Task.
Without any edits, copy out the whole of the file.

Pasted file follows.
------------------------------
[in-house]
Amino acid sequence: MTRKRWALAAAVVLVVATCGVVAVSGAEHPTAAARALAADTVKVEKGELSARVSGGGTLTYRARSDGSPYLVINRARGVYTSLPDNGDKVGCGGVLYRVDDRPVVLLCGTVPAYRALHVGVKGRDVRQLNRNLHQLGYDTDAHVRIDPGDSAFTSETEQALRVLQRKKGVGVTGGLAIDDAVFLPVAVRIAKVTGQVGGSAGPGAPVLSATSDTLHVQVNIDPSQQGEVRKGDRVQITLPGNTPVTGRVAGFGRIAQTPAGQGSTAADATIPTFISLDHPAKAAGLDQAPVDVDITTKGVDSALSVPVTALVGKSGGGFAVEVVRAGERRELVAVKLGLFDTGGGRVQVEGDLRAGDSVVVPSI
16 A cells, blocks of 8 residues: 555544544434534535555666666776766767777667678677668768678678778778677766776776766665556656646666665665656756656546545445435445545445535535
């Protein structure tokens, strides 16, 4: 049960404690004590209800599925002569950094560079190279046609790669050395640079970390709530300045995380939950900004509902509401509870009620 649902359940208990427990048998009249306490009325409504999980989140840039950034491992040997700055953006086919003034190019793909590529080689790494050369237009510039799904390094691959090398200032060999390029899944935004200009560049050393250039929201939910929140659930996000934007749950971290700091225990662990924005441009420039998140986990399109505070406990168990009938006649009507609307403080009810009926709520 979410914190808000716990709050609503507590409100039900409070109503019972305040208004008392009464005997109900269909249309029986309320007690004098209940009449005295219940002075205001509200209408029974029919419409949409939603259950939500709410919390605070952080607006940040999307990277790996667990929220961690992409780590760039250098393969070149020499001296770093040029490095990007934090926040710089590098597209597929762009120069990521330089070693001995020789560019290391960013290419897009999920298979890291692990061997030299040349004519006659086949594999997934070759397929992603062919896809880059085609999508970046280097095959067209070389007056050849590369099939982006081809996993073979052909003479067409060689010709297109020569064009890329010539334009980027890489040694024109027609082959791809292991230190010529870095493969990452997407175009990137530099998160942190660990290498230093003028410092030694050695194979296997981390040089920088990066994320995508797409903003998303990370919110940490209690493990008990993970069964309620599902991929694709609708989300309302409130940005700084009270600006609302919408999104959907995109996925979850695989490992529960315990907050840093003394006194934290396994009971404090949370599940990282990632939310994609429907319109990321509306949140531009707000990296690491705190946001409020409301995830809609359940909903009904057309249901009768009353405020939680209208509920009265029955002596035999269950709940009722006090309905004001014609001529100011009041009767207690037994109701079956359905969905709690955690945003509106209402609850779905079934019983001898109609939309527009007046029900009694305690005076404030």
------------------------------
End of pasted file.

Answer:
[in-house]
Amino acid sequence: MTRKRWALAAAVVLVVATCGVVAVSGAEHPTAAARALAADTVKVEKGELSARVSGGGTLTYRARSDGSPYLVINRARGVYTSLPDNGDKVGCGGVLYRVDDRPVVLLCGTVPAYRALHVGVKGRDVRQLNRNLHQLGYDTDAHVRIDPGDSAFTSETEQALRVLQRKKGVGVTGGLAIDDAVFLPVAVRIAKVTGQVGGSAGPGAPVLSATSDTLHVQVNIDPSQQGEVRKGDRVQITLPGNTPVTGRVAGFGRIAQTPAGQGSTAADATIPTFISLDHPAKAAGLDQAPVDVDITTKGVDSALSVPVTALVGKSGGGFAVEVVRAGERRELVAVKLGLFDTGGGRVQVEGDLRAGDSVVVPSI
16 A cells, blocks of 8 residues: 555544544434534535555666666776766767777667678677668768678678778778677766776776766665556656646666665665656756656546545445435445545445535535
């Protein structure tokens, strides 16, 4: 049960404690004590209800599925002569950094560079190279046609790669050395640079970390709530300045995380939950900004509902509401509870009620 649902359940208990427990048998009249306490009325409504999980989140840039950034491992040997700055953006086919003034190019793909590529080689790494050369237009510039799904390094691959090398200032060999390029899944935004200009560049050393250039929201939910929140659930996000934007749950971290700091225990662990924005441009420039998140986990399109505070406990168990009938006649009507609307403080009810009926709520 979410914190808000716990709050609503507590409100039900409070109503019972305040208004008392009464005997109900269909249309029986309320007690004098209940009449005295219940002075205001509200209408029974029919419409949409939603259950939500709410919390605070952080607006940040999307990277790996667990929220961690992409780590760039250098393969070149020499001296770093040029490095990007934090926040710089590098597209597929762009120069990521330089070693001995020789560019290391960013290419897009999920298979890291692990061997030299040349004519006659086949594999997934070759397929992603062919896809880059085609999508970046280097095959067209070389007056050849590369099939982006081809996993073979052909003479067409060689010709297109020569064009890329010539334009980027890489040694024109027609082959791809292991230190010529870095493969990452997407175009990137530099998160942190660990290498230093003028410092030694050695194979296997981390040089920088990066994320995508797409903003998303990370919110940490209690493990008990993970069964309620599902991929694709609708989300309302409130940005700084009270600006609302919408999104959907995109996925979850695989490992529960315990907050840093003394006194934290396994009971404090949370599940990282990632939310994609429907319109990321509306949140531009707000990296690491705190946001409020409301995830809609359940909903009904057309249901009768009353405020939680209208509920009265029955002596035999269950709940009722006090309905004001014609001529100011009041009767207690037994109701079956359905969905709690955690945003509106209402609850779905079934019983001898109609939309527009007046029900009694305690005076404030």